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Unformatted text preview: When Heisenberg returned to Germany in 1946, his goal was to rebuild the state of German physics. In doing so, he spent much of his energy not on research but on science policy. For example, he took an active role in the establishment of the Centre Europen pour la Recherche Nuclaire (CERN) in Geneva, with the hope that it would rival American facilities. Heisenberg was also appointed president of the Alexander von Humboldt Foundation to lure foreign post-doctorates to Germany and thereby reestablish its international contacts. In 1958, he finally returned to Munich as director of the Max Planck Institute of Physics. Heisenberg's next and perhaps last major contribution to physics did not come until the late 1950s, when he began work with Pauli on a new unified field theory of elementary particles. However, just before publication, Pauli withdrew his support and criticized the particles....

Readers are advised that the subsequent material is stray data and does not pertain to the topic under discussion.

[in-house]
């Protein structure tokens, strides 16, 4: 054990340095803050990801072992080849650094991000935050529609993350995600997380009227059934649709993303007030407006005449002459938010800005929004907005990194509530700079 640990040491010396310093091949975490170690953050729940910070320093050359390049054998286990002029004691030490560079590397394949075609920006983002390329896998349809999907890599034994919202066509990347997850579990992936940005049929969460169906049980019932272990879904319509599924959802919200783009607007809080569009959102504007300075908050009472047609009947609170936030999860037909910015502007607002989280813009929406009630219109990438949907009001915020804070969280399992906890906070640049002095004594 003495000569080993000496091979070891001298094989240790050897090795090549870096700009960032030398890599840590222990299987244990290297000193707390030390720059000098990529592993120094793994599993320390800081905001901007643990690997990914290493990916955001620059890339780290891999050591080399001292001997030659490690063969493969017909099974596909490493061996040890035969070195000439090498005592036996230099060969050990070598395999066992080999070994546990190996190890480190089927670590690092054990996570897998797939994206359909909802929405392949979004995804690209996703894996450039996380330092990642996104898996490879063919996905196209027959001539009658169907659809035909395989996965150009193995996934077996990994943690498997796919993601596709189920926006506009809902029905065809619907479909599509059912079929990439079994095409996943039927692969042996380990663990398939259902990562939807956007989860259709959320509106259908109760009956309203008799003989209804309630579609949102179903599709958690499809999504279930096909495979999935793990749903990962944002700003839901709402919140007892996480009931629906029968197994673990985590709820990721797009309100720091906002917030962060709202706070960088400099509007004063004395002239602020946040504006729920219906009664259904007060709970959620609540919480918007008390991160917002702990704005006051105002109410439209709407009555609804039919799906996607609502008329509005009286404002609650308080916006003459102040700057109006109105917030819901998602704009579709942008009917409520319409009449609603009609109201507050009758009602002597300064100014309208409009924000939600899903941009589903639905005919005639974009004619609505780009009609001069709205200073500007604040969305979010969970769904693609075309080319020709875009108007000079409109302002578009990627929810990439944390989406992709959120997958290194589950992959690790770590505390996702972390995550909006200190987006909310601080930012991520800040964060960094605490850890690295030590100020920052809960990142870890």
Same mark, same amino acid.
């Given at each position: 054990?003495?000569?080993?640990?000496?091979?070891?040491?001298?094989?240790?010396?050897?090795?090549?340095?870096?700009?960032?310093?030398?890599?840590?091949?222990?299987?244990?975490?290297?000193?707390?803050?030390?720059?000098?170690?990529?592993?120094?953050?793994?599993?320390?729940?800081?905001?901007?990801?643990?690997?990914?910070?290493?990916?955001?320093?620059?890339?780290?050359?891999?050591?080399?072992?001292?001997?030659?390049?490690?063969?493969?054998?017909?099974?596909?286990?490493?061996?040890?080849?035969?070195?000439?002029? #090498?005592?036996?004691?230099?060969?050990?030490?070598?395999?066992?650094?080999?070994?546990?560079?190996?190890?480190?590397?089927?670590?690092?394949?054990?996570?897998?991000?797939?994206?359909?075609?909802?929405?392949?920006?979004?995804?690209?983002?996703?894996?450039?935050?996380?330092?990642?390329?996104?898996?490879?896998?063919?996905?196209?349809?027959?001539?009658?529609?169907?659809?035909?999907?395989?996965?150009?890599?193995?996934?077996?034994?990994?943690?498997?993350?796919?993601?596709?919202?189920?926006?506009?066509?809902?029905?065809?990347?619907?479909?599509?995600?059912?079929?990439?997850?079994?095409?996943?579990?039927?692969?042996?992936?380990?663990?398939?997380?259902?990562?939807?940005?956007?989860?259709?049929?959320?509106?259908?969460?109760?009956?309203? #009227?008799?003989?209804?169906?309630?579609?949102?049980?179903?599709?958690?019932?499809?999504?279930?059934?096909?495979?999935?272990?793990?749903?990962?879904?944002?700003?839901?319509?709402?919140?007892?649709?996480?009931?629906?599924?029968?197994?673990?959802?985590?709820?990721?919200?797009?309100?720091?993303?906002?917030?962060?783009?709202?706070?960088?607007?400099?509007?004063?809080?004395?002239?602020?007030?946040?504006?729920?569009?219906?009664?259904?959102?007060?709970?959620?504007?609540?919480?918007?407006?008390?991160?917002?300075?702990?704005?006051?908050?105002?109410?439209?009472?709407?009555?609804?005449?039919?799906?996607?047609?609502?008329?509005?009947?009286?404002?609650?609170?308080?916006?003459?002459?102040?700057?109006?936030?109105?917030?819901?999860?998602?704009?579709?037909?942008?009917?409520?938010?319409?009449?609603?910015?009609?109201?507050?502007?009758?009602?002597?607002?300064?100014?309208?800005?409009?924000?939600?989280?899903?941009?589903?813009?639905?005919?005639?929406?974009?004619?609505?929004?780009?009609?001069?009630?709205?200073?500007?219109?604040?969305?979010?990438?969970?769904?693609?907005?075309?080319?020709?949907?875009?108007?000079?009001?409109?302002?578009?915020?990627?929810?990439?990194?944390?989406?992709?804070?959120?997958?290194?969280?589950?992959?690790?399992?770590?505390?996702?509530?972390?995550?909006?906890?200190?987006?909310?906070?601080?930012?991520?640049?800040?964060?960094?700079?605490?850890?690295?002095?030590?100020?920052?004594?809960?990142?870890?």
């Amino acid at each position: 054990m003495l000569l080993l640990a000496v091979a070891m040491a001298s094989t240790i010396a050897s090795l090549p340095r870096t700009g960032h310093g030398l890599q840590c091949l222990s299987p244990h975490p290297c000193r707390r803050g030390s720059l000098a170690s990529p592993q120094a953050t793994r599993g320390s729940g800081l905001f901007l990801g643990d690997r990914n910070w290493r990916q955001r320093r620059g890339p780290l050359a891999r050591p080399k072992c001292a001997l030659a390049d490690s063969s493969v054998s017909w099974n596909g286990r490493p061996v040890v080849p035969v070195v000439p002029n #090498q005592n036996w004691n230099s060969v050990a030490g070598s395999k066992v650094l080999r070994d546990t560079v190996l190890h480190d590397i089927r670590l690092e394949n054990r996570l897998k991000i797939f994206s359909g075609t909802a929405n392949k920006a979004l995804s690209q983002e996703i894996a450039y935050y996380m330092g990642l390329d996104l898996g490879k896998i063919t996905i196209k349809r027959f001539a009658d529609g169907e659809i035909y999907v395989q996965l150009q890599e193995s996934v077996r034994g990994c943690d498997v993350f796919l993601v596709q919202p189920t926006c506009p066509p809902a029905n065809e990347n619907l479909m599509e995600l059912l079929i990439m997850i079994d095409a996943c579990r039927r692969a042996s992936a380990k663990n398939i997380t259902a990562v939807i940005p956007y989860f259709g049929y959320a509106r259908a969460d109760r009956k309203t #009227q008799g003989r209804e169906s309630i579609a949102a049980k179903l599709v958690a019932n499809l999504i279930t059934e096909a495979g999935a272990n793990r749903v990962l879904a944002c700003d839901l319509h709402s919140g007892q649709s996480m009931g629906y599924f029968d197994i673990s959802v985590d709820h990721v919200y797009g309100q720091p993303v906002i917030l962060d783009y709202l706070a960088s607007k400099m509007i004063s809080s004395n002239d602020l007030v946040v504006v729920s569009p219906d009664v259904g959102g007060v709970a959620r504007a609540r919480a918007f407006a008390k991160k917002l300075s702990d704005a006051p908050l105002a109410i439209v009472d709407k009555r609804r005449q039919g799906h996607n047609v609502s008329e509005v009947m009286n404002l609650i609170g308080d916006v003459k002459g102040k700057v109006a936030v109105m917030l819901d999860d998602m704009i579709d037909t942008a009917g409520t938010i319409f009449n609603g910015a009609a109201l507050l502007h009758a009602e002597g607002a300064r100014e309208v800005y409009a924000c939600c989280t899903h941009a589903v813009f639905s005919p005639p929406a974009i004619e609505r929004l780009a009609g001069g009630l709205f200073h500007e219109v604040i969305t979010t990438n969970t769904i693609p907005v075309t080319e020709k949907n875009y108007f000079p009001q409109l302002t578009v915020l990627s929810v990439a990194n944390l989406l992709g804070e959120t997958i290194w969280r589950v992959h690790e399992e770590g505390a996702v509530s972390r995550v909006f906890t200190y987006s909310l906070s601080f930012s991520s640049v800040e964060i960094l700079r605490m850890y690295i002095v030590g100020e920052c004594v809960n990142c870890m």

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- Fall '08